Lawyers, psychological professionals and priests during confession are among the people who see others more as they truly are, because who else do people fully open up to? Even when a person is opening up to a family member or friend, the talker knows that the family member or friend is having his or her own reactions that could affect that family relationship or friendship, or simply the well being of the listening family member or friend. One’s opening up to his or her lawyer, psychologist or priest gives the talker more of an opportunity to open up to another trusted person without the baggage of wondering how the talker’s words might detrimentally affect the talker’s relationship with each of those professionals, which is not to say that I am here to serve in the role of quasi-psychologist or quasi-priest at the confessional, which I am not.

My clients and others are not going to reveal themselves to me if I do not convey that I am open to and want them to reveal themselves, that I will not judge them for it, that I will fully listen, and that I will maintain compassion for them. Certainly, I need to modify that approach once I am going outside the defense team to deal with judges, jurors, prosecutors and witnesses, but the foregoing is the starting point.

Of course it takes more time to take the foregoing approach, but criminal defense is about fully battling and not taking shortcuts. Shortcuts can be taken in restaurant kitchens and tailor shops, but not in criminal defense. Moreover, the more that my client and I are a united front, the stronger is the defense team. Even if my client is sweating inside, and even outside, when the prosecutor sees that my client and I work together and integrate like a well oiled machine, the prosecutor sees fewer opportunities nor reasons to try to divide and conquer me and my client (for instance trying to divide and conquer by scaring the defendant into a guilty plea during a motions hearing or in a written court filing by the prosecutor’s harsh tone of voice and words).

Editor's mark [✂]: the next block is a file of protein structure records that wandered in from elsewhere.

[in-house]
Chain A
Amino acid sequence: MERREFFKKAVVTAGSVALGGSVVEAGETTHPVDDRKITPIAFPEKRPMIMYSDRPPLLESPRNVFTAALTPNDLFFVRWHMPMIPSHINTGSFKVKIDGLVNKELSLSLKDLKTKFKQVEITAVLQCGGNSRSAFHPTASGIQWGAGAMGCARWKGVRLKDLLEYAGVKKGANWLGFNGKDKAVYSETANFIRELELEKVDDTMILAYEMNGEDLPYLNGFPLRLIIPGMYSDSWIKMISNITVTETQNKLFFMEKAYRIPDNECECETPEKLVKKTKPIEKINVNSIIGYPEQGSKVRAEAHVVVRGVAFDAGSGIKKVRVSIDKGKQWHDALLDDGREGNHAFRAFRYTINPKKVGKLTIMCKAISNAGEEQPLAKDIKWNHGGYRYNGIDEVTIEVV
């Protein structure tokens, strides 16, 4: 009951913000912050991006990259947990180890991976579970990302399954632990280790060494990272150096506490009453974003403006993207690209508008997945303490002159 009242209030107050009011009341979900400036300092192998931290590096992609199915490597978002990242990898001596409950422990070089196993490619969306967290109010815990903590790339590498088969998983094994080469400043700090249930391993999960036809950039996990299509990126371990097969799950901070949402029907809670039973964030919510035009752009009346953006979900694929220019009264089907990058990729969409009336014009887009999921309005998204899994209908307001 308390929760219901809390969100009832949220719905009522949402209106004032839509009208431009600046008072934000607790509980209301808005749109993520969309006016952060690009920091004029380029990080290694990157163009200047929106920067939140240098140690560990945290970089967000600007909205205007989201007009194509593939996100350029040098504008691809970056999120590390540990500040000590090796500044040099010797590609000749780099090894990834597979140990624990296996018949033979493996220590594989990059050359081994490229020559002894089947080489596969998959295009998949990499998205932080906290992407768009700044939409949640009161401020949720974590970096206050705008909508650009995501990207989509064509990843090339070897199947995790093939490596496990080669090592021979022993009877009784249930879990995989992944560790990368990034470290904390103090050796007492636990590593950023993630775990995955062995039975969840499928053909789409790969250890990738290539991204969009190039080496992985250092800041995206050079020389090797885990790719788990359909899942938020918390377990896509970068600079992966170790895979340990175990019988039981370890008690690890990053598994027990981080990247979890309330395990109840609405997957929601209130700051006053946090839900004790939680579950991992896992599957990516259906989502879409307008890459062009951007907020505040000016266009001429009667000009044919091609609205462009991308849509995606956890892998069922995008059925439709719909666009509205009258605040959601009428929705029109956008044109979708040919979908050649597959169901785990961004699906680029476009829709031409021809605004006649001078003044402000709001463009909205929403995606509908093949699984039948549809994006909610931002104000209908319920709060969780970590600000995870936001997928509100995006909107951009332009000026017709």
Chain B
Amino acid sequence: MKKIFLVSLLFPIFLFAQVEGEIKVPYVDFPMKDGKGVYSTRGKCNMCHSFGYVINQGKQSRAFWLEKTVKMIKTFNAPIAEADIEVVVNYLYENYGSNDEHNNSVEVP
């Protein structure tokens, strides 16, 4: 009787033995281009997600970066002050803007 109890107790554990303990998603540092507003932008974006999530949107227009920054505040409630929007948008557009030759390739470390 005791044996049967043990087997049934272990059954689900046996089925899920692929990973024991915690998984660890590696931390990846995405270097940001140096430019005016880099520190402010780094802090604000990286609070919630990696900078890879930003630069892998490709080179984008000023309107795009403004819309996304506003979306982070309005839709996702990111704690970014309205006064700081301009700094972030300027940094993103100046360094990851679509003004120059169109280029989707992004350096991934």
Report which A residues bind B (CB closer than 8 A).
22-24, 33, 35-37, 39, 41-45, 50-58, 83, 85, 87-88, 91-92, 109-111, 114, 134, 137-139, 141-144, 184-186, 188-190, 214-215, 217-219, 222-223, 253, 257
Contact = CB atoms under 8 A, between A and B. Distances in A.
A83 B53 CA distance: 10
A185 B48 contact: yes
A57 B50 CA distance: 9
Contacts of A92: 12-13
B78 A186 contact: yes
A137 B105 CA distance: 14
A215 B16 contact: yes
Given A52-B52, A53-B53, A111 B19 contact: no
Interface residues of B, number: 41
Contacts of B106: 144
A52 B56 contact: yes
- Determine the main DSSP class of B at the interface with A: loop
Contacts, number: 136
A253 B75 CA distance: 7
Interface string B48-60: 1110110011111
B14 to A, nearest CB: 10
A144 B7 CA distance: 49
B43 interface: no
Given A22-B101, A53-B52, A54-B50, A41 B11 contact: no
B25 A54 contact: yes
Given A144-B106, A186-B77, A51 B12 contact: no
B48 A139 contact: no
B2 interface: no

Part of my being in a united front with my client is to check in with my client, not only by keeping in communication beyond strategy and case update sessions with my client during the course of my representation, but also by checking in with my client when we are in the courthouse and courtroom and elsewhere, beyond asking how all is going, to deeply sensing and listening to what is going on with my client. Simply being present with my client or another person while giving them my full time, attention, and ears can help comfort the other person and help them be calmly in the present. It is in the present moment that the strongest performance always is delivered.

When we stay fully in the present moment, the distractions and stresses and anxieties start melting away, because most distractions, stresses and anxieties are about the past and future, and not the present moment. This being in the present moment and clearing away of tensions and distractions can be contagious.

PREVIOUS
NEXT
No Comments

Post A Comment